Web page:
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Lot by Bryan Washington
Short stories



We love supporting debut authors. Congrats, Bryan Washington, on your first book!

by Bryan Washington

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Quick take

A young black Latino comes of age in Houston, Texas.

Good to know

  • Illustrated icon, Icon_SocialIssues

    Social issues

  • Illustrated icon, Icon_LGBTQ

    LGBTQ+ themes

  • Illustrated icon, Icon_Literary


  • Illustrated icon, Icon_NoQuotationMarks

    No quotation marks


In the city of Houston—a sprawling, diverse microcosm of America—the son of a black mother and a Latino father is coming of age. He's working at his family's restaurant, weathering his brother's blows, resenting his older sister's absence. And discovering he likes boys.

Around him, others live and thrive and die in Houston's myriad neighborhoods: a young woman whose affair detonates across an apartment complex, a ragtag baseball team, a group of young hustlers, hurricane survivors, a local drug dealer who takes a Guatemalan teen under his wing, a reluctant chupacabra.

Bryan Washington's brilliant, viscerally drawn world vibrates with energy, wit, and the infinite longing of people searching for home.

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Free sample

Get an early look from the first pages of Lot.



Roberto was brown and his people lived next door so of course I went over on weekends. They were full Mexican. That made us superior. My father found every opportunity to say it, but not to their faces. So Ma took it upon herself to visit most evenings. She still didn’t have many friends on the block—we were too dark for the blancos, too Latin for the blacks.

But Roberto’s mother dug the company. She invited us in. Her husband worked construction, pouring cement into Grand Parkway, and they didn’t have any papers so you know how that goes. No one was hiring. She wasn’t about to take chances. What she did with her days was look after Roberto.

They lived in this shotgun with swollen pipes. It was the house you shook your head at when you drove up the road. Ma brought over yucca and beans from the restaurant, but then my father saw and asked her who the fuck had paid for it. Javi, Jan, and I watched our parents circle the kitchen, until our father grabbed a bowl of rice and threw it on the tile. He said this was what it felt like to watch your money walk. Maybe now Ma’d think before she shit on her familia. And of course it didn’t stop her—if anything, she went more often—but Ma started leaving the meals at home; instead, she brought me and some coffee and tinned crackers.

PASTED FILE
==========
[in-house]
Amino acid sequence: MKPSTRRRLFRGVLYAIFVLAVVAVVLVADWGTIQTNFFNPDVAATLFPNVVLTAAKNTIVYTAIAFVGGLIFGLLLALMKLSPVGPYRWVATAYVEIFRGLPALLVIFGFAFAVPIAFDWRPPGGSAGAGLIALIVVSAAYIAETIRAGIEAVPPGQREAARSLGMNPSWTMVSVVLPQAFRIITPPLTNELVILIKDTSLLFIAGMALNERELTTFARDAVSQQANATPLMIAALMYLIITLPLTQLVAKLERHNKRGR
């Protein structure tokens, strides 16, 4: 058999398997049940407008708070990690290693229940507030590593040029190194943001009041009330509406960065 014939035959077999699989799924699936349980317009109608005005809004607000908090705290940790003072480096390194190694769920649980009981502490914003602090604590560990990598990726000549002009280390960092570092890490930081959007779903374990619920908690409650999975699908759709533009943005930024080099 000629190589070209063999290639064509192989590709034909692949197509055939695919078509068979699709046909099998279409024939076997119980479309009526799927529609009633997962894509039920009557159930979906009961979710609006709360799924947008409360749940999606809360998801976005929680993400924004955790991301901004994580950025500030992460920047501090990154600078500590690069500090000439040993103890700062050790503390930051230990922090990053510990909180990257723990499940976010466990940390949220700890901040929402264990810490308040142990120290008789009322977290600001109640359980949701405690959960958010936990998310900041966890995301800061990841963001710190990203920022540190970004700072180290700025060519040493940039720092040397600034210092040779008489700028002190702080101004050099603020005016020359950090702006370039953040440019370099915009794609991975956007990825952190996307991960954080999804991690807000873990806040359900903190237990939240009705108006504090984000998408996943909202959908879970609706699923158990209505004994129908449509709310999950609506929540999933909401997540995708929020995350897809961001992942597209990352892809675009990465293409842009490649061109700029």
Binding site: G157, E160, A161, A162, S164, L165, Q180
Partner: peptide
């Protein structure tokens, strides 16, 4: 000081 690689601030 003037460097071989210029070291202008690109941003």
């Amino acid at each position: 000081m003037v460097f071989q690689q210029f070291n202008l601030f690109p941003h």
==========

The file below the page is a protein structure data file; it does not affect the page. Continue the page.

Roberto had this pug nose. He was pimply in all the wrong places. He wore his hair like the whiteboys, and when I asked why that was he called it one less thing to worry about. His fam couldn’t afford regular cuts, so whenever they came around the barber clipped off everything. I told him he looked like a rat, like one of the blanquitos biking all over town, and Roberto said that was cool but I was a fat black gorilla.

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Why I love it

I’m the greediest kind of fiction reader, because I want it all. I want a book that grabs me in a headlock and won’t let me put it down without a fight. I want a book with characters and conflicts that pull me in. I want a book that haunts me long after I’ve read its final page. I want it to let me see the world in a fresh way that’s been there the whole time yet has eluded me so far. And I got all this, and more, from Bryan Washington’s Lot.

Lot is a linked collection of stories that reads like a novel. Connected largely by a central, unnamed young man who carries the reader on his shoulders, it’s a portrait of the far back corner of Lockwood, a diverse, working-class neighborhood in Houston, Texas. A place where families struggle with how to be their true selves and survive at the same time. But Lot’s so much more than that.

The best way I can describe this book is that it’s alive. You don’t read Lot: It speaks to you, through a voice on the page so real, so intimate, you can almost hear it breathing in your ear. Debut author Bryan Washington is already a master storyteller, and this is just one of the many truths Lot shares with us.

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Member ratings (1,938)

  • Megan M.

    Highland, IN

    This was an interesting book. It was a novel with every other chapter being a short story to give a better idea of the area of houston it’s set in. It was a great story that I loved reading. LGBTQIA+

  • Debby D.

    Greenville, SC

    Thought provoking book. I didn’t always understand the parts that were written in a Latino voice, but I think that was a part of the total impact - how I got to peek into a world different than mine.

  • Jennifer H.

    Evanston, IL

    Very real and raw perspective. Each story was so full, it felt like I needed to pay attention the whole time or I’d miss something. I think it would be best to read each story in a separate sitting.

  • Melissa E.

    chicago, IL

    I wanted this book to be longer! Each story was interesting & painted a picture of Houston's brown & queer communities. I loved that the book could be a/b any major city. I didn't want the book to end

  • Sarah S.

    Ithaca, NY

    Incredible; an almost surreal journey. An emotional read, for sure, but is absolutely worth it to take your time to go through. Washington's style is bold and conversational yet abstractly beautiful.

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